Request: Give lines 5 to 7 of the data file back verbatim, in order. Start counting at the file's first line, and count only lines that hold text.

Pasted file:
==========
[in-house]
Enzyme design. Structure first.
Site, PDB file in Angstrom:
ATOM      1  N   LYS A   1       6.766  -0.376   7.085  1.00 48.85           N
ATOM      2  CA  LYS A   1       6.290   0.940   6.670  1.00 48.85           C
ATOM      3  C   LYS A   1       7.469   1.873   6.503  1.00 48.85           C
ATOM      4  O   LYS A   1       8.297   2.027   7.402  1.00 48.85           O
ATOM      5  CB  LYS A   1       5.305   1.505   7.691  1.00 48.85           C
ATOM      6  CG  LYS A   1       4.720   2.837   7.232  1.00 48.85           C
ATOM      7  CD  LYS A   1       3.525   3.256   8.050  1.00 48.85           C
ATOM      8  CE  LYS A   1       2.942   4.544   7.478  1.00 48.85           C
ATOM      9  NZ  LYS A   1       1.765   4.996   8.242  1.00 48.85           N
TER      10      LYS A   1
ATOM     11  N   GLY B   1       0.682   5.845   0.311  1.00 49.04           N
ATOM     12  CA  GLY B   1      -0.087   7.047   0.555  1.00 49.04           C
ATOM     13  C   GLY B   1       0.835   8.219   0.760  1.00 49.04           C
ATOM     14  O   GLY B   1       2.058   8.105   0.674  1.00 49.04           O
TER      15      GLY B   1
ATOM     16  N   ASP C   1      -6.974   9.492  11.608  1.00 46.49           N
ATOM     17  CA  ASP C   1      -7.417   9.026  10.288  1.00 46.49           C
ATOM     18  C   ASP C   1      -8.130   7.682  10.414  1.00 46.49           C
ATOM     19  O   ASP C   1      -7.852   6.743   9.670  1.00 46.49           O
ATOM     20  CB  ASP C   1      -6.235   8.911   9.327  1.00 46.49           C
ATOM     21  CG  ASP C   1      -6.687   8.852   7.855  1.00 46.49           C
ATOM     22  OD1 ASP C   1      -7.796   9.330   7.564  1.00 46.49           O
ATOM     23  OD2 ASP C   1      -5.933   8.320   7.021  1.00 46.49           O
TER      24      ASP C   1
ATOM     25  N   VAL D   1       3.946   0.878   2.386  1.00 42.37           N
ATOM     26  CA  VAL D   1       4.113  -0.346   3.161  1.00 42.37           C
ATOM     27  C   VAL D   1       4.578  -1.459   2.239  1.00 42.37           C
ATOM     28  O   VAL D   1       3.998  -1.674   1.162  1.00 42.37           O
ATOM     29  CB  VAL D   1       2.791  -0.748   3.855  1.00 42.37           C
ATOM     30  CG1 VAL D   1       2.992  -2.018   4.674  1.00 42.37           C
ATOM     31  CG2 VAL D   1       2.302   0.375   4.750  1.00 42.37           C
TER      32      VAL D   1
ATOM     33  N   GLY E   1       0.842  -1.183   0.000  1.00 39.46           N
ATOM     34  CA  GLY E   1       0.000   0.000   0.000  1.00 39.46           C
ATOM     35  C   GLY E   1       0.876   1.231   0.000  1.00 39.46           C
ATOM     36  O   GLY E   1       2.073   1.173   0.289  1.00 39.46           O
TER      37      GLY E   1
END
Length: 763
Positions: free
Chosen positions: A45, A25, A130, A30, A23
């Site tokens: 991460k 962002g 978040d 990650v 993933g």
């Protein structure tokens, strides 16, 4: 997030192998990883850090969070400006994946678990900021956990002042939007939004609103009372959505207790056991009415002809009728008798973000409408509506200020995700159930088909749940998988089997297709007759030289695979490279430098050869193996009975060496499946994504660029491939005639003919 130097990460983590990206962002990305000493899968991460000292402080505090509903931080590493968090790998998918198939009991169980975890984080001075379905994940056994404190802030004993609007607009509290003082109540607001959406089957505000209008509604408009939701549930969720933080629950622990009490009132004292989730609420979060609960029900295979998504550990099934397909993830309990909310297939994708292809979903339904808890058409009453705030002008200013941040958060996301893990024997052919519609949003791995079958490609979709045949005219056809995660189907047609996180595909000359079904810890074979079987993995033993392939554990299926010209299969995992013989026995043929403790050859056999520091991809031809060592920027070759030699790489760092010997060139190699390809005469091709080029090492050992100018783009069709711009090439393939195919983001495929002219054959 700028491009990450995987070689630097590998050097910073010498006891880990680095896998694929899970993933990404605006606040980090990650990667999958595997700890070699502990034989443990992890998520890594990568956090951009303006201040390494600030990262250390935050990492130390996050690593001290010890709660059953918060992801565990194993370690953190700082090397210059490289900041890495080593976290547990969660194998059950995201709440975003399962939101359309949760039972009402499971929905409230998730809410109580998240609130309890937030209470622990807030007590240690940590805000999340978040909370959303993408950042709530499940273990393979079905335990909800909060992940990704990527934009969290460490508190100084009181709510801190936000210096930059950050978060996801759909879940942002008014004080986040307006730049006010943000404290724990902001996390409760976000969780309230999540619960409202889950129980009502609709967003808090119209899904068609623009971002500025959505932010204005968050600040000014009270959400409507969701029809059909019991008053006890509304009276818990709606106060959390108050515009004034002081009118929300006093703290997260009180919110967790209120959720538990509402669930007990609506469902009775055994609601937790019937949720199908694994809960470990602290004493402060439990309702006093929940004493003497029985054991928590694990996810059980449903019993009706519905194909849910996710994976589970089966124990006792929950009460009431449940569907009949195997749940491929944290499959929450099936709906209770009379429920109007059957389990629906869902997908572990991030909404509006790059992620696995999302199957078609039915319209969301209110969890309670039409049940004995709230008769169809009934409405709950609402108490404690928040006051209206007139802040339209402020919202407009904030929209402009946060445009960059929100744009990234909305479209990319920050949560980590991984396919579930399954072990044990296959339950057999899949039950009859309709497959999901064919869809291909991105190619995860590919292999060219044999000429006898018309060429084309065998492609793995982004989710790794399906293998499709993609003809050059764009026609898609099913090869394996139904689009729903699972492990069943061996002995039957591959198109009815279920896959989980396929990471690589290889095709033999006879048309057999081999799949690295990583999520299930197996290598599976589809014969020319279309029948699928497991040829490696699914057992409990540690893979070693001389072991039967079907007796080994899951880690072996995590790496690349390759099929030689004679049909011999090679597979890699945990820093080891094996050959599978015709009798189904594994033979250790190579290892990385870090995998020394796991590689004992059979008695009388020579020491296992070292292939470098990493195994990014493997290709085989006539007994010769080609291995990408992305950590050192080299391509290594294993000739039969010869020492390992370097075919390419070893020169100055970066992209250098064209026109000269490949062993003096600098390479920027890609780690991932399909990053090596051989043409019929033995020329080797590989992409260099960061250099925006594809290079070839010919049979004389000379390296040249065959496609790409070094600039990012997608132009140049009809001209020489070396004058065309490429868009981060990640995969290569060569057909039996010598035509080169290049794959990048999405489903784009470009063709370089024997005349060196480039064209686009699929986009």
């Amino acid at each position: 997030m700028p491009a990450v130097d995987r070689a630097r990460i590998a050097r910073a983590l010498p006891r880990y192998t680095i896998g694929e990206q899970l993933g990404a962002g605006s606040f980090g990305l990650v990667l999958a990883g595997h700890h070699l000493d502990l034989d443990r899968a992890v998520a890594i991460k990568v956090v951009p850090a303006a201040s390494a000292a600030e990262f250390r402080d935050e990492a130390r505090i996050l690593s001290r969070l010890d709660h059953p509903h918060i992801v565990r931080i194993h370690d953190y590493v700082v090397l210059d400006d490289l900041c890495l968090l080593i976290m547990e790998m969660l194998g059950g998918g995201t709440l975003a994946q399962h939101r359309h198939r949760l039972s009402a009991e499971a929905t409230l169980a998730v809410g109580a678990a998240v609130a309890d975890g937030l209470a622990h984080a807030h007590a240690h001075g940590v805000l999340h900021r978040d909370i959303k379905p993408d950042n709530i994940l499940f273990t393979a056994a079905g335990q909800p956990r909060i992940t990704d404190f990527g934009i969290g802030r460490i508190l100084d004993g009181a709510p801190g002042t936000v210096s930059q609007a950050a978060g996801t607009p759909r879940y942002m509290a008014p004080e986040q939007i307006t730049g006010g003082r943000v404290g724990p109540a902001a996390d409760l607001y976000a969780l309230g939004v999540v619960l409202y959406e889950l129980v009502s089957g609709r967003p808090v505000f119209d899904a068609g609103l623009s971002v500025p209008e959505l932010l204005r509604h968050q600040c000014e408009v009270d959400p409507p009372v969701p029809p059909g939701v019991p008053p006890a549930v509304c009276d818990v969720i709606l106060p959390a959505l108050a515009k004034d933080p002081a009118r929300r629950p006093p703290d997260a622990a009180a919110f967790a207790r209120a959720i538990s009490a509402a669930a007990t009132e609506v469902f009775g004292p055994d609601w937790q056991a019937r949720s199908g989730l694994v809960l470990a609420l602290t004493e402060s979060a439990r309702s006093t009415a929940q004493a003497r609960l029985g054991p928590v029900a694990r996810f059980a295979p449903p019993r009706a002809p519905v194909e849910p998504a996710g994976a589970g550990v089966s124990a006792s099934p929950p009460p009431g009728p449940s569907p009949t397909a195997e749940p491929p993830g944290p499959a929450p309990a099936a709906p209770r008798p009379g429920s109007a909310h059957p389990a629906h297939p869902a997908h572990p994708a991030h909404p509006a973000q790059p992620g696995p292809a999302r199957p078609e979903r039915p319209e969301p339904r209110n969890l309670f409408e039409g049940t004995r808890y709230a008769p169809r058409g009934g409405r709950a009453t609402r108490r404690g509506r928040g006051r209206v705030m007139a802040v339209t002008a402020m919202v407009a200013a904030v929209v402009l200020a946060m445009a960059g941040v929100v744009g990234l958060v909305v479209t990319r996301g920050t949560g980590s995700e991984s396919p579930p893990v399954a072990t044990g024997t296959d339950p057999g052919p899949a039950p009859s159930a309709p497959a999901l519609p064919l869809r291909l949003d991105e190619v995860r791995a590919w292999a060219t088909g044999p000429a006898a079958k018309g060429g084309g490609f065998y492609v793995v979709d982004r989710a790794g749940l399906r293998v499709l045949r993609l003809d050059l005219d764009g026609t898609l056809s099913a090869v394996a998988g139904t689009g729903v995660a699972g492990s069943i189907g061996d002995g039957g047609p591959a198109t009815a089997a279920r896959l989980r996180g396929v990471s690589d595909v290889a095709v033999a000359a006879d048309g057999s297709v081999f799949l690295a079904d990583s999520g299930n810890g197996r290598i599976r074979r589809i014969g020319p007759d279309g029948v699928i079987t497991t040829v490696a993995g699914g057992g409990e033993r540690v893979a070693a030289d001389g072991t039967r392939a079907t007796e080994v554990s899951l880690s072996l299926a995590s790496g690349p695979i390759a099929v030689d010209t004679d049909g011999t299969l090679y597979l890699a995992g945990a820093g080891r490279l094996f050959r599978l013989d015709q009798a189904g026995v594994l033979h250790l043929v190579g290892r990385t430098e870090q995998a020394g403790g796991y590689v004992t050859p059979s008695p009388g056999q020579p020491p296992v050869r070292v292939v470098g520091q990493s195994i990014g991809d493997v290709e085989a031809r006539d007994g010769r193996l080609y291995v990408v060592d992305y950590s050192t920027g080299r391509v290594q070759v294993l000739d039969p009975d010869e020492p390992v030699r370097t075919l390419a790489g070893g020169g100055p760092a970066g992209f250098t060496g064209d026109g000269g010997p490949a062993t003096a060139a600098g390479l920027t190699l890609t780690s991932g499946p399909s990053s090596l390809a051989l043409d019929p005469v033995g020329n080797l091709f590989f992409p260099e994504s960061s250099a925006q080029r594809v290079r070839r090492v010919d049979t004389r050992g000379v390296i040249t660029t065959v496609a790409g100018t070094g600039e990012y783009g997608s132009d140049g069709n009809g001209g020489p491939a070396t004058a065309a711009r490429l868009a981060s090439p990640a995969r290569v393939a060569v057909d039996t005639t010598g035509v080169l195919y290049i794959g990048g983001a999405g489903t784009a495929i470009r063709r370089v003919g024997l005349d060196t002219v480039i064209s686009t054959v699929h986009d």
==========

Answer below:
ATOM      2  CA  LYS A   1       6.290   0.940   6.670  1.00 48.85           C
ATOM      3  C   LYS A   1       7.469   1.873   6.503  1.00 48.85           C
ATOM      4  O   LYS A   1       8.297   2.027   7.402  1.00 48.85           O